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Understanding the Categorising Texts Question - ENGB1

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by

Dan Woodhouse

on 3 March 2013

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Transcript of Understanding the Categorising Texts Question - ENGB1

Understanding The Question English Language B Key Words & Pointers Discuss - Explore and explain why the texts have been placed in a group and possibly discuss the differences within that group
Various ways – texts can / should be used in more than one group
Grouped - Make links between the texts. These links may be contextual or linguistic and should be informed and led by the data rather than pre-planned ideas
Linguistic reasons - Discussion/analysis of the groups should demonstrate knowledge about language. Both contextual (A03) and linguistic (A01) reasons should be given Assessment Objectives AO1 - Selecting and using a range of appropriate linguistic methods to analyse data, using relevant terminology.

AO2 - Using ideas from language study (and choosing great groups!)


AO3 - Exploring and understanding context – production and reception Exemplar Response Modification: Texts A, B and F
Text A uses the pre-modifier “flopsy” which may have been used to give the young audience a clearer picture of the main character in the story. It gives the impression of ‘cute bunnies’ which would draw the children in and is quite stereotypical of this genre. However, the more complex modifier “soporific” is perhaps not as common in children’s stories. It may have been used in this text due to the date of publication (it may have been more widely used in the early twentieth century) or as an educational tool by the writer. It could also reflect the possible dual audience of this book of adults/parents and children. It is likely that the parent will read this story to a child and may then explain new vocabulary such as “soporific” to develop a child’s learning. There is a difference in the modifiers used in B as they are more extensive than in A. Boyd uses the phrases “expensive trenchcoat” , “charcoal grey suit” and “new white shirt” which all add to the sophisticated appearance of his character. Adverbs such as “hesitantly” help reflect the character’s current feelings as opposed to his appearance whilst “massively, irrevocably” are likely to have been used by Boyd to engage the reader with the plot. As this is the opening of a novel, the author will need to engage the reader and the final sentence acts as a hook. The modifiers in F are used for a completely different purpose to the entertainment function of A and B. In F they add to the informative nature of the text: “primary ... route”, “alternative route”, “main entrance”. As this text is likely to be only read in an emergency situation the added information which pre-modifiers add will be vital.Text F can be placed in a sub-group with G: synthetic personalisation. Text F uses the personal pronoun “you” possibly to ensure that the audience have thought about what they would personally do if a fire did occur. It may also have been used to make people aware that it does happen and that it can happen to them so they must be prepared. In contrast Text G uses the second person “you” in a different way. It may have been used to give the text a more informal tone making it seem more personal. It may also have been used to show the reader that it is possible to do and to encourage them that they can do it. The 'BIG' Question Study the texts A-F on the next six pages. These texts illustrate different varieties of language use. Discuss various ways in which these texts can be grouped giving linguistic reasons for your choices.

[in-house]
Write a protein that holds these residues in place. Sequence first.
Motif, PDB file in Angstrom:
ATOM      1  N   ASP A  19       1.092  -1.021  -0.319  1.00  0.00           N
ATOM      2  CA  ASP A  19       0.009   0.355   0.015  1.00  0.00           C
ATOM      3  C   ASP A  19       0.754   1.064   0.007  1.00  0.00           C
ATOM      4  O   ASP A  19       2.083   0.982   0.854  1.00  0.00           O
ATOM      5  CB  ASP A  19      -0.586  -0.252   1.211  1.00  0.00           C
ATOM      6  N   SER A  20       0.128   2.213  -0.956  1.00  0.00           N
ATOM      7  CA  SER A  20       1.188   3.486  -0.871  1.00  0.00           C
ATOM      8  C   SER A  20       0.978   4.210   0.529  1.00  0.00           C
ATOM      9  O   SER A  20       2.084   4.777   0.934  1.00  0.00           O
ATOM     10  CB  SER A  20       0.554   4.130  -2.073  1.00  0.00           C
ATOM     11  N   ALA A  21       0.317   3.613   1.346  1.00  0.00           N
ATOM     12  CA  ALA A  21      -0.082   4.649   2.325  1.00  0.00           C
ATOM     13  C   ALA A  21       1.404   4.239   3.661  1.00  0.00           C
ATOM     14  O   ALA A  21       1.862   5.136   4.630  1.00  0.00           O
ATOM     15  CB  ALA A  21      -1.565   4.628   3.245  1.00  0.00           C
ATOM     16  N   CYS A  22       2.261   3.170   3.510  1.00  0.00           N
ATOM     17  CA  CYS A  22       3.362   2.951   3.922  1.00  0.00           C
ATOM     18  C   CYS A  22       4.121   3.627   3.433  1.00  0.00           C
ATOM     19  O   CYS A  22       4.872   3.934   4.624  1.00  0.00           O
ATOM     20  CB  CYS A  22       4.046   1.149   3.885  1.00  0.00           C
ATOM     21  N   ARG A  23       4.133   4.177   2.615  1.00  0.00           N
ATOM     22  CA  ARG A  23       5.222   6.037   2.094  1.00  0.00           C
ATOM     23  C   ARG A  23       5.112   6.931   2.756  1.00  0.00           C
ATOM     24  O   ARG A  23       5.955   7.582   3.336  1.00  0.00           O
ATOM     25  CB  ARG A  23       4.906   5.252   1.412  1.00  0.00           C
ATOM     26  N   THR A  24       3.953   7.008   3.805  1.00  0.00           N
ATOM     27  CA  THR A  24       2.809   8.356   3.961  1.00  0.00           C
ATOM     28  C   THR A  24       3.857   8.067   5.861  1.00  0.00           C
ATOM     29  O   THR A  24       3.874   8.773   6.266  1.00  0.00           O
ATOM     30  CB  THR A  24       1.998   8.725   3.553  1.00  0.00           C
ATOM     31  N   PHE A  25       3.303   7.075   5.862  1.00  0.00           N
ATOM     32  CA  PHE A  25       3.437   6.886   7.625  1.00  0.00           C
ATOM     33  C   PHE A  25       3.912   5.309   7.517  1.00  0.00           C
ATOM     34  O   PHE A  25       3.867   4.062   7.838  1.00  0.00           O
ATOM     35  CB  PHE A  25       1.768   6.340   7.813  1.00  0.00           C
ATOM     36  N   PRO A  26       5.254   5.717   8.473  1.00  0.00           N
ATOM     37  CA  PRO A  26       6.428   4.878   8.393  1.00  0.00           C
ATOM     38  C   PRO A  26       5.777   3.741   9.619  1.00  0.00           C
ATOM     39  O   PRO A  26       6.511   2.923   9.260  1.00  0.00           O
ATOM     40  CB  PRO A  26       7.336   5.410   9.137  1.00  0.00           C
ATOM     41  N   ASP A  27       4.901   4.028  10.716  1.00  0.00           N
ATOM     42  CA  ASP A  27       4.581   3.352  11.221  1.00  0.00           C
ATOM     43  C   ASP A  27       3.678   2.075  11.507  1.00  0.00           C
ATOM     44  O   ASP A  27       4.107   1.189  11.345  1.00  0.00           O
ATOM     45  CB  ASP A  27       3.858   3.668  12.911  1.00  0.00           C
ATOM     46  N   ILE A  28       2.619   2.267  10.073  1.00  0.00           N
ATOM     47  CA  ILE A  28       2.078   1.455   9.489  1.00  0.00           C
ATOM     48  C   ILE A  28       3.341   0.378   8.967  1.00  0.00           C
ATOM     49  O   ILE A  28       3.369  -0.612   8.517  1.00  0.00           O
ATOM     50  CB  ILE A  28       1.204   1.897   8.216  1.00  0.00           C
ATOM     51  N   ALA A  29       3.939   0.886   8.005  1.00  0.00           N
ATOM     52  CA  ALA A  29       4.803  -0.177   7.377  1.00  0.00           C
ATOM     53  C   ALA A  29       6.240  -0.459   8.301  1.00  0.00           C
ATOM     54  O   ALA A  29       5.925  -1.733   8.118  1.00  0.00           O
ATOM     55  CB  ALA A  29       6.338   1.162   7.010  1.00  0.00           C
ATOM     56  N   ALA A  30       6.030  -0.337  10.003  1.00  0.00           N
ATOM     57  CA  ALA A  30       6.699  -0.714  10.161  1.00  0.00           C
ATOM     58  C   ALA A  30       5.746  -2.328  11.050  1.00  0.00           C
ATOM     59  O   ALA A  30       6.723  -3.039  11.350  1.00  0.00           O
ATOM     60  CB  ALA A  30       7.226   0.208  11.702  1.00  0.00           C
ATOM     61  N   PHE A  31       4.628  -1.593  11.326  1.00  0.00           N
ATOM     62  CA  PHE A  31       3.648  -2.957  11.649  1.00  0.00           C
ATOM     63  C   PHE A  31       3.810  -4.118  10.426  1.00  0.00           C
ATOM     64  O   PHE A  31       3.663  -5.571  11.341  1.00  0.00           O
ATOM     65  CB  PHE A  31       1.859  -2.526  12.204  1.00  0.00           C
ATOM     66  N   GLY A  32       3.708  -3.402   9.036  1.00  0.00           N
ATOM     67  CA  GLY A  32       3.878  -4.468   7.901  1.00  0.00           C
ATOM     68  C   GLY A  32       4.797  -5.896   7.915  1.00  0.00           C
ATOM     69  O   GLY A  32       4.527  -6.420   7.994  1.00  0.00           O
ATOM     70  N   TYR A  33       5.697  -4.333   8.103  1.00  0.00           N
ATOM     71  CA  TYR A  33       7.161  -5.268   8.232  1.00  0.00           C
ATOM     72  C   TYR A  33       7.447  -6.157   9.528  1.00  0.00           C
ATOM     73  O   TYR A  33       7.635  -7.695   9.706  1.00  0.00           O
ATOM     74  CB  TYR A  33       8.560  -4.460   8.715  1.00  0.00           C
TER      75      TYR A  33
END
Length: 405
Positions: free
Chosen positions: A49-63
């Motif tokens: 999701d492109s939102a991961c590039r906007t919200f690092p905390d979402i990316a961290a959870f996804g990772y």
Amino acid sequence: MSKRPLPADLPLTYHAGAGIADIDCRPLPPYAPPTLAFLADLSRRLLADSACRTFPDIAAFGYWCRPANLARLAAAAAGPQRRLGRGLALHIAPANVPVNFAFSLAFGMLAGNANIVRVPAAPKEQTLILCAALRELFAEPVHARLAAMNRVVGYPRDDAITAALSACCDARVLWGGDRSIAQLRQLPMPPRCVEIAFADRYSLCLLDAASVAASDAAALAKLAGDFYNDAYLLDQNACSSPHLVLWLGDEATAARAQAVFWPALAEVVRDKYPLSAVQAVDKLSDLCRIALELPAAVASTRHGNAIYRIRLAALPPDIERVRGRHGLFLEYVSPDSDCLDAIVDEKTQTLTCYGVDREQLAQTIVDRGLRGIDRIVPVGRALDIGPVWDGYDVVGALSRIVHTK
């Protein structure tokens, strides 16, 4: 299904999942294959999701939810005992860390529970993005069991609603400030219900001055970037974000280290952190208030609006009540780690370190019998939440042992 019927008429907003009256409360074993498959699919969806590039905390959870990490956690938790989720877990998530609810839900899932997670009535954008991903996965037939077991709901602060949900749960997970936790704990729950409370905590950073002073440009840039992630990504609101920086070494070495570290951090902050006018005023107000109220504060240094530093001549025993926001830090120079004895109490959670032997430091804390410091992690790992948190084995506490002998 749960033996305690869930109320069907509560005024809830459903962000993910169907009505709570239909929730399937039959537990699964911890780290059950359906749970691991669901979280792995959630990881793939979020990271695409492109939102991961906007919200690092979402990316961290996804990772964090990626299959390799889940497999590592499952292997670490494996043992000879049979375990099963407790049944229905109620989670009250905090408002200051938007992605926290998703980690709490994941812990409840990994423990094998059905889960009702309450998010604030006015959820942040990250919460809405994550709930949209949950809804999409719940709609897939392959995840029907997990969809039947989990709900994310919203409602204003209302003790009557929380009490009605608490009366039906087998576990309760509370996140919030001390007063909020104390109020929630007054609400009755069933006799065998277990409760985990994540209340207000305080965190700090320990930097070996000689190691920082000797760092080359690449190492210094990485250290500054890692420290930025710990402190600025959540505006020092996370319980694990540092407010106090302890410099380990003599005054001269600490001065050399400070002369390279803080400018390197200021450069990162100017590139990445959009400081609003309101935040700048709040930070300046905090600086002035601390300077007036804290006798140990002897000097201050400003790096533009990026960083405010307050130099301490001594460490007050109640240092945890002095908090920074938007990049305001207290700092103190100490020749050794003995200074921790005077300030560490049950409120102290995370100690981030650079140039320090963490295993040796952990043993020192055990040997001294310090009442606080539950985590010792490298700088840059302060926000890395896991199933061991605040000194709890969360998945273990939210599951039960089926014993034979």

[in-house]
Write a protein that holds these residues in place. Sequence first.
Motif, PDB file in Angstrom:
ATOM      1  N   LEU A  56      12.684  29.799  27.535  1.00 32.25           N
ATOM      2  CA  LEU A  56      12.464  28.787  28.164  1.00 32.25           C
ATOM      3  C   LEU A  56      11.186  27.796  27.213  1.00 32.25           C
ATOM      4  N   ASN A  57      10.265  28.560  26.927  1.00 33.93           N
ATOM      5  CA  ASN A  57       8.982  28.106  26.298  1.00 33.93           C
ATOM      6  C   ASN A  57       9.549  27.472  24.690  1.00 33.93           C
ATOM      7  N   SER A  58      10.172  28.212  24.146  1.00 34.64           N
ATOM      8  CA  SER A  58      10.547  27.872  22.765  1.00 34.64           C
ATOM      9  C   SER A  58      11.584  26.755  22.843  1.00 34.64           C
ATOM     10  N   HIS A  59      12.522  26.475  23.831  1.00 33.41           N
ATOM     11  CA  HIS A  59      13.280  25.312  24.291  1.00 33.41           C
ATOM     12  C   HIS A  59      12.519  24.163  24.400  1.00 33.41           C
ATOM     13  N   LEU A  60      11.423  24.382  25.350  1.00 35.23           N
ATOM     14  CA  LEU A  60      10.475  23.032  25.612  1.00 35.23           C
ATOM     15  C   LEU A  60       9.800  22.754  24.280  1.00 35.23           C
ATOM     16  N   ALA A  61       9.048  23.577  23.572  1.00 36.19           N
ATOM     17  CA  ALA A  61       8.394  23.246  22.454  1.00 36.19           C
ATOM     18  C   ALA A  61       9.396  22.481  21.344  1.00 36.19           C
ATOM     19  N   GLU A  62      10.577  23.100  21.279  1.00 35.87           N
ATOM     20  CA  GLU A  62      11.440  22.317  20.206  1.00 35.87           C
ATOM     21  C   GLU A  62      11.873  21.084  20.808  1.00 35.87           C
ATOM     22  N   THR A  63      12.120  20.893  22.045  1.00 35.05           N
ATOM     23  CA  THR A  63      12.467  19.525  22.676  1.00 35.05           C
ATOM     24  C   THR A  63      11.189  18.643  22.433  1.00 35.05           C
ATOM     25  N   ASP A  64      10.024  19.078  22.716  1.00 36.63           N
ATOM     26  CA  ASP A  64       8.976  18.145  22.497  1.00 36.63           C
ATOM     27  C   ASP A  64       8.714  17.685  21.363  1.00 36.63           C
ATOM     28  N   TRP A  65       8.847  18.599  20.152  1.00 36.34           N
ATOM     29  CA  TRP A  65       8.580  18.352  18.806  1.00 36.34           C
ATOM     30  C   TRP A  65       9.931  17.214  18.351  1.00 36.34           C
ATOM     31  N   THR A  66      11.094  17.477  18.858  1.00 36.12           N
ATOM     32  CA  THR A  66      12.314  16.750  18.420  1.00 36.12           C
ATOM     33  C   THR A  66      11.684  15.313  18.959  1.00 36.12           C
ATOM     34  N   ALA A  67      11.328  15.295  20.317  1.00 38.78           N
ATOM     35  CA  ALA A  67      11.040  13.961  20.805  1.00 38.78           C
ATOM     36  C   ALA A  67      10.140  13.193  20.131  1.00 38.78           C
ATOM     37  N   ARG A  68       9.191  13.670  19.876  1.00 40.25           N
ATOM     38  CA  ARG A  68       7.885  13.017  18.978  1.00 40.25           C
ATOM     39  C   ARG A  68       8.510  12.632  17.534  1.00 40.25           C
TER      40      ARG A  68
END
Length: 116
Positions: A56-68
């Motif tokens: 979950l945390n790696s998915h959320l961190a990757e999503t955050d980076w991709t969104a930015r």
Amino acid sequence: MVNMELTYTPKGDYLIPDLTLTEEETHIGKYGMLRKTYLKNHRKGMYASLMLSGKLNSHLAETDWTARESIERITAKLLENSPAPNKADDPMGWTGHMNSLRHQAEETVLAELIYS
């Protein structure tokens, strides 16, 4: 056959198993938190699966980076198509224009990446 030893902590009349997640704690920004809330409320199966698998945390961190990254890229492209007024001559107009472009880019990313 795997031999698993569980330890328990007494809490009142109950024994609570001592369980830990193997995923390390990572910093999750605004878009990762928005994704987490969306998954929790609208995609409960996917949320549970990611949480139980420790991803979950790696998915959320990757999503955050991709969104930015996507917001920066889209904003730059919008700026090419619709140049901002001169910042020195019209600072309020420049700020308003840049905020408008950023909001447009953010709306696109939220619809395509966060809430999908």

Identify the keywords in the question and what you think they are asking you to do! Assessment Objective 1 KNOWLEDGE
ACCURATE
RELEVANT
RANGE Assessment Objective 2 RANGE
MAIN GROUPS
COMPLEXITIES
SUB-GROUPS
DIFFERENCES Assessment Objective 3 LINKS
TENTATIVE
MORE THAN ONE REASON
AVOID REPETITION
FLESH OUT THE CONTEXT
EXEMPLIFY Exemplar Marks Student 1
AO1 15-16 band (15)
AO2 15-16 band (15)
AO3 15-16 band (15)
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